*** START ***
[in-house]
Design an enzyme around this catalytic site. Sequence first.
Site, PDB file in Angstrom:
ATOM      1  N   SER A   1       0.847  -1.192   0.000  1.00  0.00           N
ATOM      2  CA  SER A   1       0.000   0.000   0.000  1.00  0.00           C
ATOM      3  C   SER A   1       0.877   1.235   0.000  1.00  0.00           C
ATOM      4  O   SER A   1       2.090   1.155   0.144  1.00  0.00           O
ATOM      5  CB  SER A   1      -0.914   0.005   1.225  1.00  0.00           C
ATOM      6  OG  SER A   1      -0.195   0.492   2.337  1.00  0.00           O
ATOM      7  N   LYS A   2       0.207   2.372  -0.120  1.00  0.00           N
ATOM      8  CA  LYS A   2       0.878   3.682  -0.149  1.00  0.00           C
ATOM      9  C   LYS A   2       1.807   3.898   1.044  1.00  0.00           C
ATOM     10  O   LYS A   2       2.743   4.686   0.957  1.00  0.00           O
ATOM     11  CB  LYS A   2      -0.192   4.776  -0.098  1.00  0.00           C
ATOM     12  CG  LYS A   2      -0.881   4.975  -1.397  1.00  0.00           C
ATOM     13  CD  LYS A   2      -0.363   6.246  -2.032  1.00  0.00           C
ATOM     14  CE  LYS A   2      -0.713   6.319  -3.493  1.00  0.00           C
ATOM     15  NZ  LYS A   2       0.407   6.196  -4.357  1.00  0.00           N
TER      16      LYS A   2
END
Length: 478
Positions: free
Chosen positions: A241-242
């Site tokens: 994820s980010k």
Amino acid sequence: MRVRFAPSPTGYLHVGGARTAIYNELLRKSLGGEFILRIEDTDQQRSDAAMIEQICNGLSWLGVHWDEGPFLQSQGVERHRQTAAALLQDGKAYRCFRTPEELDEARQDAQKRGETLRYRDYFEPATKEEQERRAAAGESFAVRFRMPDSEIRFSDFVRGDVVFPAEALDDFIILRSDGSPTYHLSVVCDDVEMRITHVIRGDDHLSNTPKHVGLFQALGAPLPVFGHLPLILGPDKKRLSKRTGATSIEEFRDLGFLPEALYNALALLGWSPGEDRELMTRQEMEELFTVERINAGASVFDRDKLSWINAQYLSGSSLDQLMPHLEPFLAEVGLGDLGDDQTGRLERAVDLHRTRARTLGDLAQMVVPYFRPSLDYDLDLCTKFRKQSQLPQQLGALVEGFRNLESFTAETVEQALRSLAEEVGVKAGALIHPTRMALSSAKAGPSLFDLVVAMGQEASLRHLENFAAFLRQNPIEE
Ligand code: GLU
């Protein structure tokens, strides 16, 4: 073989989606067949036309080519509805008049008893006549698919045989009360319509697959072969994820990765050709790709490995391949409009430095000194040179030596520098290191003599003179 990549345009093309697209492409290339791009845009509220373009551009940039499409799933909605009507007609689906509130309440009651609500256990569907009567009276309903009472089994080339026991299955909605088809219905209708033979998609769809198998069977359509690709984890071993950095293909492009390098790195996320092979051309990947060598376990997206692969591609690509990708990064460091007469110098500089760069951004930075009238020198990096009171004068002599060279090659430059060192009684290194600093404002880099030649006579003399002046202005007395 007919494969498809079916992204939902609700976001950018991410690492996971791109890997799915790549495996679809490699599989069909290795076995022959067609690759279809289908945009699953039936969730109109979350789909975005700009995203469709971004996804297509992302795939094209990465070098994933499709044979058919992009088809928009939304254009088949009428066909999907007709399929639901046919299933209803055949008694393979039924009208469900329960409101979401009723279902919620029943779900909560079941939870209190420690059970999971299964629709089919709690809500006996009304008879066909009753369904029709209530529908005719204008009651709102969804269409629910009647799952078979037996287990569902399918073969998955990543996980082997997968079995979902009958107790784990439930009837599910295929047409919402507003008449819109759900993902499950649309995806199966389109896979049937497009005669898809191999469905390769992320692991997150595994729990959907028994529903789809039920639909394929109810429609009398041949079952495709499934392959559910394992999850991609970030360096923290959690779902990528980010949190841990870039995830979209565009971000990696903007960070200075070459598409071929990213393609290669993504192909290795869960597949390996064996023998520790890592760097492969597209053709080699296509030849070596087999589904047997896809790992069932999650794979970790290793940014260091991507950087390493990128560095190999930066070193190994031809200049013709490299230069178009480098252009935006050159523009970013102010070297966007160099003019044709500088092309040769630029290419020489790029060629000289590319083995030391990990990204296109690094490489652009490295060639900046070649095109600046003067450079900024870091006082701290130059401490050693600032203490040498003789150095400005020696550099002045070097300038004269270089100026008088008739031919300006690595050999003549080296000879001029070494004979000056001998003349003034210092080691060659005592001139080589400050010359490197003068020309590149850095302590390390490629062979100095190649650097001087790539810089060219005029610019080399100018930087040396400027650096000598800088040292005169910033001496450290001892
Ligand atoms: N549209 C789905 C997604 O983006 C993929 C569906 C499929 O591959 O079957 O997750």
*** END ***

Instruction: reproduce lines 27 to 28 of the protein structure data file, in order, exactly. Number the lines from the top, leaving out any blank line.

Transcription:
């Protein structure tokens, strides 16, 4: 073989989606067949036309080519509805008049008893006549698919045989009360319509697959072969994820990765050709790709490995391949409009430095000194040179030596520098290191003599003179 990549345009093309697209492409290339791009845009509220373009551009940039499409799933909605009507007609689906509130309440009651609500256990569907009567009276309903009472089994080339026991299955909605088809219905209708033979998609769809198998069977359509690709984890071993950095293909492009390098790195996320092979051309990947060598376990997206692969591609690509990708990064460091007469110098500089760069951004930075009238020198990096009171004068002599060279090659430059060192009684290194600093404002880099030649006579003399002046202005007395 007919494969498809079916992204939902609700976001950018991410690492996971791109890997799915790549495996679809490699599989069909290795076995022959067609690759279809289908945009699953039936969730109109979350789909975005700009995203469709971004996804297509992302795939094209990465070098994933499709044979058919992009088809928009939304254009088949009428066909999907007709399929639901046919299933209803055949008694393979039924009208469900329960409101979401009723279902919620029943779900909560079941939870209190420690059970999971299964629709089919709690809500006996009304008879066909009753369904029709209530529908005719204008009651709102969804269409629910009647799952078979037996287990569902399918073969998955990543996980082997997968079995979902009958107790784990439930009837599910295929047409919402507003008449819109759900993902499950649309995806199966389109896979049937497009005669898809191999469905390769992320692991997150595994729990959907028994529903789809039920639909394929109810429609009398041949079952495709499934392959559910394992999850991609970030360096923290959690779902990528980010949190841990870039995830979209565009971000990696903007960070200075070459598409071929990213393609290669993504192909290795869960597949390996064996023998520790890592760097492969597209053709080699296509030849070596087999589904047997896809790992069932999650794979970790290793940014260091991507950087390493990128560095190999930066070193190994031809200049013709490299230069178009480098252009935006050159523009970013102010070297966007160099003019044709500088092309040769630029290419020489790029060629000289590319083995030391990990990204296109690094490489652009490295060639900046070649095109600046003067450079900024870091006082701290130059401490050693600032203490040498003789150095400005020696550099002045070097300038004269270089100026008088008739031919300006690595050999003549080296000879001029070494004979000056001998003349003034210092080691060659005592001139080589400050010359490197003068020309590149850095302590390390490629062979100095190649650097001087790539810089060219005029610019080399100018930087040396400027650096000598800088040292005169910033001496450290001892
Ligand atoms: N549209 C789905 C997604 O983006 C993929 C569906 C499929 O591959 O079957 O997750």